The man behind the storm
PM Phuc chaired Monday’s urgent meeting following Tuoi Tre’s cover story published the same day, saying Minister of Transport Nguyen Van The is to blame for the current situation at the tollgate.
Minister The assumed office in October after being reassigned from his post as the Party chief of southern Soc Trang Province.
The’s role in the development of the Cai Lay project goes way back to 2013, when he was the deputy minister of transport.
According to investigations by Tuoi Tre, The signed three simultaneous dispatches on October 28, 2013 addressed to the Tien Giang administration, its People’s Council and National Assembly delegation respectively, concerning the location of the Cai Lay toll station.
In the urgent dispatches, The asked for all three bodies’ unanimous approval to locate the tollgate on National Highway 1, putting the provincial authorities in a no-win situation with no other choice than to agree to the proposal.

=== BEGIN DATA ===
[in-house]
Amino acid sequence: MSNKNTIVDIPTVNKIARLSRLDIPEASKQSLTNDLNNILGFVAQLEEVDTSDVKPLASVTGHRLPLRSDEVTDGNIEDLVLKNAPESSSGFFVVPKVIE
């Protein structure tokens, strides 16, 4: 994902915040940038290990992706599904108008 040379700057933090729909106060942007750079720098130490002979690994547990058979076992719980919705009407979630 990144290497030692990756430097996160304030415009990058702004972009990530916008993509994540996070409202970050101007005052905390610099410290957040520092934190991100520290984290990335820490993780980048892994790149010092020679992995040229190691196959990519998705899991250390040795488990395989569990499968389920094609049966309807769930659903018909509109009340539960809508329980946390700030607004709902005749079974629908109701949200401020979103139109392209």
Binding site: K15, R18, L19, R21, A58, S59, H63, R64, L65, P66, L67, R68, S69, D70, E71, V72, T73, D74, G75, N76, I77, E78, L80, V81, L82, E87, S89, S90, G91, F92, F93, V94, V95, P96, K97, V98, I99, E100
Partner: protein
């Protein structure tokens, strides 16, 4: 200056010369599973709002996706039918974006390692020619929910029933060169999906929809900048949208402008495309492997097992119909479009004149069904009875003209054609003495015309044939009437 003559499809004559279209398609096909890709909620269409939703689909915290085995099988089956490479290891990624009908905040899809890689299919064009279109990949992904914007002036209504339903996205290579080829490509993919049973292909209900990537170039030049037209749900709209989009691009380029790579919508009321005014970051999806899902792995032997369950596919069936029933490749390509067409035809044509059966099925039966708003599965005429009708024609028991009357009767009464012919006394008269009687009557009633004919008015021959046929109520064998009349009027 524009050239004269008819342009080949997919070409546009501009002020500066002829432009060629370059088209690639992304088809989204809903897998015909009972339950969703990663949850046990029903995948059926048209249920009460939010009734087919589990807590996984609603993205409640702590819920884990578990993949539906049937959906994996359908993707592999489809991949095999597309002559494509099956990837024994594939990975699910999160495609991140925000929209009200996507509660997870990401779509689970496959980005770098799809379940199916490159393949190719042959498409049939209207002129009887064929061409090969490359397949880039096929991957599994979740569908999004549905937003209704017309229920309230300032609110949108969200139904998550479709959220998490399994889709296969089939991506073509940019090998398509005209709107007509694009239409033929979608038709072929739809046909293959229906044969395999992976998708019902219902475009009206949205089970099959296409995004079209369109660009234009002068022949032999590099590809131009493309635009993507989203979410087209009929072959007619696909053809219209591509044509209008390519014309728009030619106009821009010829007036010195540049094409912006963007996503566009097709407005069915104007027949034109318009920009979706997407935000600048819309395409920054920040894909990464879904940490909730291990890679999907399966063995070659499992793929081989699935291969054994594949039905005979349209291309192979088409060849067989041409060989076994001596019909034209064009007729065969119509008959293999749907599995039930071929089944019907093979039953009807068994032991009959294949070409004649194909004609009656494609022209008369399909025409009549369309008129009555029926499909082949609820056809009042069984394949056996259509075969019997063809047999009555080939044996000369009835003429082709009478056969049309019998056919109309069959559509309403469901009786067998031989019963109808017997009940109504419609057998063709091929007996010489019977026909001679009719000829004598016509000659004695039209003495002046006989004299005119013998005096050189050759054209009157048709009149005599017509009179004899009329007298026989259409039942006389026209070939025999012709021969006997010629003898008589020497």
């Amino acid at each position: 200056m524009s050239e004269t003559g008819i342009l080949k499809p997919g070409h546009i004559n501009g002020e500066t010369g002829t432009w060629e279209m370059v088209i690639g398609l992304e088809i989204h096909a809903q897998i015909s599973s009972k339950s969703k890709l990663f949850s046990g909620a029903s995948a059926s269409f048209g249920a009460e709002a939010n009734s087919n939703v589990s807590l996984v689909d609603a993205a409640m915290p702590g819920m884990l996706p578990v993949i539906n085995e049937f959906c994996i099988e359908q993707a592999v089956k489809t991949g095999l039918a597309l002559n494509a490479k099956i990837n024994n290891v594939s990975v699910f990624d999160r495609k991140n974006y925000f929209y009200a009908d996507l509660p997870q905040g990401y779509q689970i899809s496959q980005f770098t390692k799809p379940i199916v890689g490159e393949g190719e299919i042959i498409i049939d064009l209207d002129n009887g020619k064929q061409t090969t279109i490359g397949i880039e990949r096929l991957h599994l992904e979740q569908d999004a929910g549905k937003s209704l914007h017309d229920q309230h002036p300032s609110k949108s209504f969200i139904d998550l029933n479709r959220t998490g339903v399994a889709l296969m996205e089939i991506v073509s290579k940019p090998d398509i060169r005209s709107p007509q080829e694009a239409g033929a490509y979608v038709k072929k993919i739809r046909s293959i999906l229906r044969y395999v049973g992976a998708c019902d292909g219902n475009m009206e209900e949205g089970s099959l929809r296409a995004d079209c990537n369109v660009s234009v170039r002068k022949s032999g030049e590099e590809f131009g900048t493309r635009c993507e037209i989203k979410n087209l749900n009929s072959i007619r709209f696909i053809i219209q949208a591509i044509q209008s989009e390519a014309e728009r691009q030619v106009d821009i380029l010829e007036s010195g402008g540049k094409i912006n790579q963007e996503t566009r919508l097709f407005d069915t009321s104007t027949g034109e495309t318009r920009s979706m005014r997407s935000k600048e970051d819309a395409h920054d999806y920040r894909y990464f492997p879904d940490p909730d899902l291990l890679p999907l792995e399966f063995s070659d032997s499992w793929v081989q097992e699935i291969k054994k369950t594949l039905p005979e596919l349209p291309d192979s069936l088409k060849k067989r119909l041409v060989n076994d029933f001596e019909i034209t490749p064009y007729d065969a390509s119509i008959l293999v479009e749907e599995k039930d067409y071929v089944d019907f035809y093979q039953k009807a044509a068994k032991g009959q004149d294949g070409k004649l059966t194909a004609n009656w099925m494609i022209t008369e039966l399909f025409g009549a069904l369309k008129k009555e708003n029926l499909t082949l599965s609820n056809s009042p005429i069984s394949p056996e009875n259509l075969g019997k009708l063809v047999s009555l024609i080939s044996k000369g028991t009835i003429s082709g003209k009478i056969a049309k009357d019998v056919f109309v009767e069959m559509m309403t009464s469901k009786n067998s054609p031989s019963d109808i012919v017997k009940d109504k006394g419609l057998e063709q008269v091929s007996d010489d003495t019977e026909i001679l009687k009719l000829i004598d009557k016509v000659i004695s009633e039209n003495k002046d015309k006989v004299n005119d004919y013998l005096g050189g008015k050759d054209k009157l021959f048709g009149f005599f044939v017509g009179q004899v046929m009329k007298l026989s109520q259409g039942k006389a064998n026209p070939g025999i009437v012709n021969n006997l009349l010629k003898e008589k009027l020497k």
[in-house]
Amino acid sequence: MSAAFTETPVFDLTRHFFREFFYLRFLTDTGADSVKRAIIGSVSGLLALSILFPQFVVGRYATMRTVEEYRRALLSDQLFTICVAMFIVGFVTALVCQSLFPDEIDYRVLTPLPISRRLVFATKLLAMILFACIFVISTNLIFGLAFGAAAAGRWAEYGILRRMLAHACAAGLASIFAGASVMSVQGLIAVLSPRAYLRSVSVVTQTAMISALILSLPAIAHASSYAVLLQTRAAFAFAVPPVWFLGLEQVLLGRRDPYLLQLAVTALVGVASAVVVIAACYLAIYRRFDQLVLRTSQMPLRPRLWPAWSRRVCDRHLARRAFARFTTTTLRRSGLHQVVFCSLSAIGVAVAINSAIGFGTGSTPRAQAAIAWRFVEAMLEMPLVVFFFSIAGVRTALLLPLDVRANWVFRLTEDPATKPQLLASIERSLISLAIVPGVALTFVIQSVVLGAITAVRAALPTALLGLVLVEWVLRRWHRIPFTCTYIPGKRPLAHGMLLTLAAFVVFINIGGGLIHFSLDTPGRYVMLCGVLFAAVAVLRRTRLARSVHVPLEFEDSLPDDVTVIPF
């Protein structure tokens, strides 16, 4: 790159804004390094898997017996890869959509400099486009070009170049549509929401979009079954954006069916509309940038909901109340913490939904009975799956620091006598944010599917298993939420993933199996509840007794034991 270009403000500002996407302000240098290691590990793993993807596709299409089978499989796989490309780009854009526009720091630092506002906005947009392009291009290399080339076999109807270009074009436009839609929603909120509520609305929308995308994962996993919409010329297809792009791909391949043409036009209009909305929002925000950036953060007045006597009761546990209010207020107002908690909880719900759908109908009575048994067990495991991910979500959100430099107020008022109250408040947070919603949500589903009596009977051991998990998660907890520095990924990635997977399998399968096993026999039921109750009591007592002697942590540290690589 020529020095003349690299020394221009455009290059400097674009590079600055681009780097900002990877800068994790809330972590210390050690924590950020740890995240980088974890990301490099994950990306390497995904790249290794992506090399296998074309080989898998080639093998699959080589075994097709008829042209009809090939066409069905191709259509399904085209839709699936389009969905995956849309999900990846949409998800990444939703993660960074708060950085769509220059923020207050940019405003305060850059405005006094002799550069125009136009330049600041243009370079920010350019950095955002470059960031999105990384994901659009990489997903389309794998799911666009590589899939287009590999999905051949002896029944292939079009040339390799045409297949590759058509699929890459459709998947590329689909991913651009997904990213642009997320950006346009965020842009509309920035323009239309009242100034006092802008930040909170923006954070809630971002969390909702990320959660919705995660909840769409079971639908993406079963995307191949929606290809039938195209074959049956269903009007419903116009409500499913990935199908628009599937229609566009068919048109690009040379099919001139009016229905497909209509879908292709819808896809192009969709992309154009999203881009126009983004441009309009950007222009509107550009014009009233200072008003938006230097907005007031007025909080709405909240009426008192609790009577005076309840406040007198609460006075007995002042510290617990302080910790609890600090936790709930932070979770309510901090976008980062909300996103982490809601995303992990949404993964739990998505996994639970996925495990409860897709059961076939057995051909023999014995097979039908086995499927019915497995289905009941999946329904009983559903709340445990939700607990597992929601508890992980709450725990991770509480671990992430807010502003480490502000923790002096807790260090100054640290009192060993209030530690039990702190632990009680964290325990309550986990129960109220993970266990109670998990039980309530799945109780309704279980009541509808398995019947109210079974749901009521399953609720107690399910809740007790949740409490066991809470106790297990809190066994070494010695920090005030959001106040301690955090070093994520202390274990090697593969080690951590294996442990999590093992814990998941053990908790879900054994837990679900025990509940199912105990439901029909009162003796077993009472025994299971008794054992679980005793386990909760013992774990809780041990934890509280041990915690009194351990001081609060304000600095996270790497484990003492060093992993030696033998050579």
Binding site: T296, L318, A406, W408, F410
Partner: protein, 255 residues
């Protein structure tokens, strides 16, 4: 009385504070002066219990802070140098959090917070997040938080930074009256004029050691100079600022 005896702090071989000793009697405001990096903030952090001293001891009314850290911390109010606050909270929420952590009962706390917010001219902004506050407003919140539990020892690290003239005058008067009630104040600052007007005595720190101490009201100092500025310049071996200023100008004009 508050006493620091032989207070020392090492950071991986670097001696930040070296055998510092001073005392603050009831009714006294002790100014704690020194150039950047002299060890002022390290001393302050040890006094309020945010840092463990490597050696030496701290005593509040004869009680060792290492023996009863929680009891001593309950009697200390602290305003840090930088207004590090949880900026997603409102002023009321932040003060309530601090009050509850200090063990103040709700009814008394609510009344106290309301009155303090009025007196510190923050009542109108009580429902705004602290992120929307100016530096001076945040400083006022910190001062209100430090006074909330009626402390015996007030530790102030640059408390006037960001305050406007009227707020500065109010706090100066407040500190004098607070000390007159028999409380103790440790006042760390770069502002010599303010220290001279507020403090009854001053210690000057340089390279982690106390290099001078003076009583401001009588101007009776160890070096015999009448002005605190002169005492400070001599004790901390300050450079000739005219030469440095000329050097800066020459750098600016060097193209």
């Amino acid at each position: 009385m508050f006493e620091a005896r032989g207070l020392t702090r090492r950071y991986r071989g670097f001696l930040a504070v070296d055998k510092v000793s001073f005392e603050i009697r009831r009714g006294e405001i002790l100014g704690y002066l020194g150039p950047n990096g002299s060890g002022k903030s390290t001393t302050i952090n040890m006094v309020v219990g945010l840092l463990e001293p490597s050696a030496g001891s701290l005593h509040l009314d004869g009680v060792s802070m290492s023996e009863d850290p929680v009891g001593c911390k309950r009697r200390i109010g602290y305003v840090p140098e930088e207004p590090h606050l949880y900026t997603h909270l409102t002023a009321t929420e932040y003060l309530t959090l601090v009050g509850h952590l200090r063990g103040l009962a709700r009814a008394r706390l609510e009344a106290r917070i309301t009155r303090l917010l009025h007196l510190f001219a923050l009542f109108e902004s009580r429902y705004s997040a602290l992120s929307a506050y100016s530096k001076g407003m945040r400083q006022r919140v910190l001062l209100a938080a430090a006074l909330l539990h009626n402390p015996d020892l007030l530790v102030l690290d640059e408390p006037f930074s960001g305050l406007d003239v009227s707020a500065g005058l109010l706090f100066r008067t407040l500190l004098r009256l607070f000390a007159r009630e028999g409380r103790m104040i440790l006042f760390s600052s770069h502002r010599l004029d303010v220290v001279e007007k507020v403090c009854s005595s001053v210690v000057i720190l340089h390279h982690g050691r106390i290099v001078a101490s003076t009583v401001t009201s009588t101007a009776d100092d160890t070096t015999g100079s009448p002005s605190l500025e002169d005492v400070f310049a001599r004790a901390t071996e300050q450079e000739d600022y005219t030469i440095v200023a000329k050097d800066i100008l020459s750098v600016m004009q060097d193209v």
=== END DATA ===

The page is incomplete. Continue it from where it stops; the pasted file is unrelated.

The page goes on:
“At the time, the province was badly in need of a detour to solve chronic traffic congestion on the national highway that passes through Cai Lay Town,” Nguyen Van Hung, former director of Tien Giang’s Department of Transport said, explaining the province’s decision to agree to the transport ministry’s proposal.
“We honestly couldn’t have imagined the situation would develop into something so complicated.”
Shortly after the bodies’ agreement to the plan, Minister The signed a decision on December 19, 2013 to officially approve the BOT project, which included placing the tollgate on the highway.
However, as Tuoi Tre discovered, the initial listing of items to be developed by the BOT project issued on September 19 – three months prior to its approval – made no mention of an upgrade to the 26.5km section of National Highway 1.
Up until the time the investment plan was ratified in principle by the central government on November 11, 2013, there had been no sign of such an upgrade in the project description.
The highway upgrade apparently only appeared in the final decision, signed by The, to approve the project, as well as in his aforementioned dispatches to Tien Giang authorities.
According to The, inspectors from the Ministry of Planning and Investment, the Ministry of Transport as well as government auditors had initiated an assessment of the project as per orders from the prime minister, the government’s online portal reported on Monday.
The minister pledged to impose strict disciplinary actions on anyone found to be in violation with regard to the BOT project, including himself, the site wrote.